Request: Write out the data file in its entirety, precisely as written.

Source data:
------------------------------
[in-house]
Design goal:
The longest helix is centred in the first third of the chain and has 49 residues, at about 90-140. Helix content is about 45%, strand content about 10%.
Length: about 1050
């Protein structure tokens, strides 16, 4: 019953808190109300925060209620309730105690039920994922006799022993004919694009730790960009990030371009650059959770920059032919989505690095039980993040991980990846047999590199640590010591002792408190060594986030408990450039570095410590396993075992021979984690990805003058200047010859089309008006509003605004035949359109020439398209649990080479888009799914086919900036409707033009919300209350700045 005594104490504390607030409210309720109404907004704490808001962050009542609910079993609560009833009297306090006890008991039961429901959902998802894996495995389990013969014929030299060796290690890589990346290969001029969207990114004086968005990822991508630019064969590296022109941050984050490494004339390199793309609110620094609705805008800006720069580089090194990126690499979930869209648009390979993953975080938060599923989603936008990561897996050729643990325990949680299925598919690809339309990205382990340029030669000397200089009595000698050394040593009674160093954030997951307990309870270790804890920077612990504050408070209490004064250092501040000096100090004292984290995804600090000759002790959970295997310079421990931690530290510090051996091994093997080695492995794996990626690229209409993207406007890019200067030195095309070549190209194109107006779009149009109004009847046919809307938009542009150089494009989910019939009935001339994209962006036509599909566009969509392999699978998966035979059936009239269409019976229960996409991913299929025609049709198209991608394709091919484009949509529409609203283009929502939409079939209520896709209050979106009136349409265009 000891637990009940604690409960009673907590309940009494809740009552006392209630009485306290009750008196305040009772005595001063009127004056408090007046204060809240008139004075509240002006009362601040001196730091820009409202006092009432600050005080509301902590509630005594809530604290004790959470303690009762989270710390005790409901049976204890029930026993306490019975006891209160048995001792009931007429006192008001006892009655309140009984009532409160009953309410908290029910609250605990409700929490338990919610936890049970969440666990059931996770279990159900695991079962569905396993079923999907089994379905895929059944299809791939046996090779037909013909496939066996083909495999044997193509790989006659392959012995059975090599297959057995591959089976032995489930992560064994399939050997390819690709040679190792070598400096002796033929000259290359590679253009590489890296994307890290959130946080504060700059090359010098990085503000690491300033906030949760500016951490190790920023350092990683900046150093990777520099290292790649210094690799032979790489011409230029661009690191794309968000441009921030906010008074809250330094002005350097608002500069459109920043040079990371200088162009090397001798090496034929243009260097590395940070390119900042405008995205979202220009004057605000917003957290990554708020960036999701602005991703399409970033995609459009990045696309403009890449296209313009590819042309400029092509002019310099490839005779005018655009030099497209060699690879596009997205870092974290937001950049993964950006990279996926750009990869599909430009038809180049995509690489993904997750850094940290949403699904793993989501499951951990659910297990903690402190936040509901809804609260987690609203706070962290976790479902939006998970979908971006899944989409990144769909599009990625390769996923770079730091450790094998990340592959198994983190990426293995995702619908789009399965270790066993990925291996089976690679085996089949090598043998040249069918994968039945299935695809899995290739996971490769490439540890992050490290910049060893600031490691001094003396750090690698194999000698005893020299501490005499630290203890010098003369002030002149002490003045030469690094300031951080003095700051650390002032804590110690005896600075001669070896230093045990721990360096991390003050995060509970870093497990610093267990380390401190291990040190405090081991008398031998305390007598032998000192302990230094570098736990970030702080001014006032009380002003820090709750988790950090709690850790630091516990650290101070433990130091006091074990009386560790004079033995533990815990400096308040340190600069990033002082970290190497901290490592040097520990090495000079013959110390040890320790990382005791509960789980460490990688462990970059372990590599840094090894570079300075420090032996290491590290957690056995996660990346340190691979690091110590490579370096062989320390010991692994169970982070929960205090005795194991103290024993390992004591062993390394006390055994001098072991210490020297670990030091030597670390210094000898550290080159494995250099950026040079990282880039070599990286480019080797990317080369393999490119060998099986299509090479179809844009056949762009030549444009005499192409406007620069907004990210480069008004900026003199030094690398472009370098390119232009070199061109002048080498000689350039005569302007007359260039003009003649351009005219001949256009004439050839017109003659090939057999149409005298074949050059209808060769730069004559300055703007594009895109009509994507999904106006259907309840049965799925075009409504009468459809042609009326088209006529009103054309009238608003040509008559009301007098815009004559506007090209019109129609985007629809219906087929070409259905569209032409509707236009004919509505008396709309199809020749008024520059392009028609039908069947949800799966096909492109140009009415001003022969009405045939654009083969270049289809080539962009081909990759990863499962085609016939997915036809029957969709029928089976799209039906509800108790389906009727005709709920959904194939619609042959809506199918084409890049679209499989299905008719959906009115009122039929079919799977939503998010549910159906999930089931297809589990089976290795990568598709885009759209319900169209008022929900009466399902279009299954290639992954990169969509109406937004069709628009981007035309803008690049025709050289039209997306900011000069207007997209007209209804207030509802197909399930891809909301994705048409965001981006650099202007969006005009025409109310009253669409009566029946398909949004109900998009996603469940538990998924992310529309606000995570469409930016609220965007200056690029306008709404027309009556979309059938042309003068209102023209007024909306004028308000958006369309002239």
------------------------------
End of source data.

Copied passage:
[in-house]
Design goal:
The longest helix is centred in the first third of the chain and has 49 residues, at about 90-140. Helix content is about 45%, strand content about 10%.
Length: about 1050
């Protein structure tokens, strides 16, 4: 019953808190109300925060209620309730105690039920994922006799022993004919694009730790960009990030371009650059959770920059032919989505690095039980993040991980990846047999590199640590010591002792408190060594986030408990450039570095410590396993075992021979984690990805003058200047010859089309008006509003605004035949359109020439398209649990080479888009799914086919900036409707033009919300209350700045 005594104490504390607030409210309720109404907004704490808001962050009542609910079993609560009833009297306090006890008991039961429901959902998802894996495995389990013969014929030299060796290690890589990346290969001029969207990114004086968005990822991508630019064969590296022109941050984050490494004339390199793309609110620094609705805008800006720069580089090194990126690499979930869209648009390979993953975080938060599923989603936008990561897996050729643990325990949680299925598919690809339309990205382990340029030669000397200089009595000698050394040593009674160093954030997951307990309870270790804890920077612990504050408070209490004064250092501040000096100090004292984290995804600090000759002790959970295997310079421990931690530290510090051996091994093997080695492995794996990626690229209409993207406007890019200067030195095309070549190209194109107006779009149009109004009847046919809307938009542009150089494009989910019939009935001339994209962006036509599909566009969509392999699978998966035979059936009239269409019976229960996409991913299929025609049709198209991608394709091919484009949509529409609203283009929502939409079939209520896709209050979106009136349409265009 000891637990009940604690409960009673907590309940009494809740009552006392209630009485306290009750008196305040009772005595001063009127004056408090007046204060809240008139004075509240002006009362601040001196730091820009409202006092009432600050005080509301902590509630005594809530604290004790959470303690009762989270710390005790409901049976204890029930026993306490019975006891209160048995001792009931007429006192008001006892009655309140009984009532409160009953309410908290029910609250605990409700929490338990919610936890049970969440666990059931996770279990159900695991079962569905396993079923999907089994379905895929059944299809791939046996090779037909013909496939066996083909495999044997193509790989006659392959012995059975090599297959057995591959089976032995489930992560064994399939050997390819690709040679190792070598400096002796033929000259290359590679253009590489890296994307890290959130946080504060700059090359010098990085503000690491300033906030949760500016951490190790920023350092990683900046150093990777520099290292790649210094690799032979790489011409230029661009690191794309968000441009921030906010008074809250330094002005350097608002500069459109920043040079990371200088162009090397001798090496034929243009260097590395940070390119900042405008995205979202220009004057605000917003957290990554708020960036999701602005991703399409970033995609459009990045696309403009890449296209313009590819042309400029092509002019310099490839005779005018655009030099497209060699690879596009997205870092974290937001950049993964950006990279996926750009990869599909430009038809180049995509690489993904997750850094940290949403699904793993989501499951951990659910297990903690402190936040509901809804609260987690609203706070962290976790479902939006998970979908971006899944989409990144769909599009990625390769996923770079730091450790094998990340592959198994983190990426293995995702619908789009399965270790066993990925291996089976690679085996089949090598043998040249069918994968039945299935695809899995290739996971490769490439540890992050490290910049060893600031490691001094003396750090690698194999000698005893020299501490005499630290203890010098003369002030002149002490003045030469690094300031951080003095700051650390002032804590110690005896600075001669070896230093045990721990360096991390003050995060509970870093497990610093267990380390401190291990040190405090081991008398031998305390007598032998000192302990230094570098736990970030702080001014006032009380002003820090709750988790950090709690850790630091516990650290101070433990130091006091074990009386560790004079033995533990815990400096308040340190600069990033002082970290190497901290490592040097520990090495000079013959110390040890320790990382005791509960789980460490990688462990970059372990590599840094090894570079300075420090032996290491590290957690056995996660990346340190691979690091110590490579370096062989320390010991692994169970982070929960205090005795194991103290024993390992004591062993390394006390055994001098072991210490020297670990030091030597670390210094000898550290080159494995250099950026040079990282880039070599990286480019080797990317080369393999490119060998099986299509090479179809844009056949762009030549444009005499192409406007620069907004990210480069008004900026003199030094690398472009370098390119232009070199061109002048080498000689350039005569302007007359260039003009003649351009005219001949256009004439050839017109003659090939057999149409005298074949050059209808060769730069004559300055703007594009895109009509994507999904106006259907309840049965799925075009409504009468459809042609009326088209006529009103054309009238608003040509008559009301007098815009004559506007090209019109129609985007629809219906087929070409259905569209032409509707236009004919509505008396709309199809020749008024520059392009028609039908069947949800799966096909492109140009009415001003022969009405045939654009083969270049289809080539962009081909990759990863499962085609016939997915036809029957969709029928089976799209039906509800108790389906009727005709709920959904194939619609042959809506199918084409890049679209499989299905008719959906009115009122039929079919799977939503998010549910159906999930089931297809589990089976290795990568598709885009759209319900169209008022929900009466399902279009299954290639992954990169969509109406937004069709628009981007035309803008690049025709050289039209997306900011000069207007997209007209209804207030509802197909399930891809909301994705048409965001981006650099202007969006005009025409109310009253669409009566029946398909949004109900998009996603469940538990998924992310529309606000995570469409930016609220965007200056690029306008709404027309009556979309059938042309003068209102023209007024909306004028308000958006369309002239």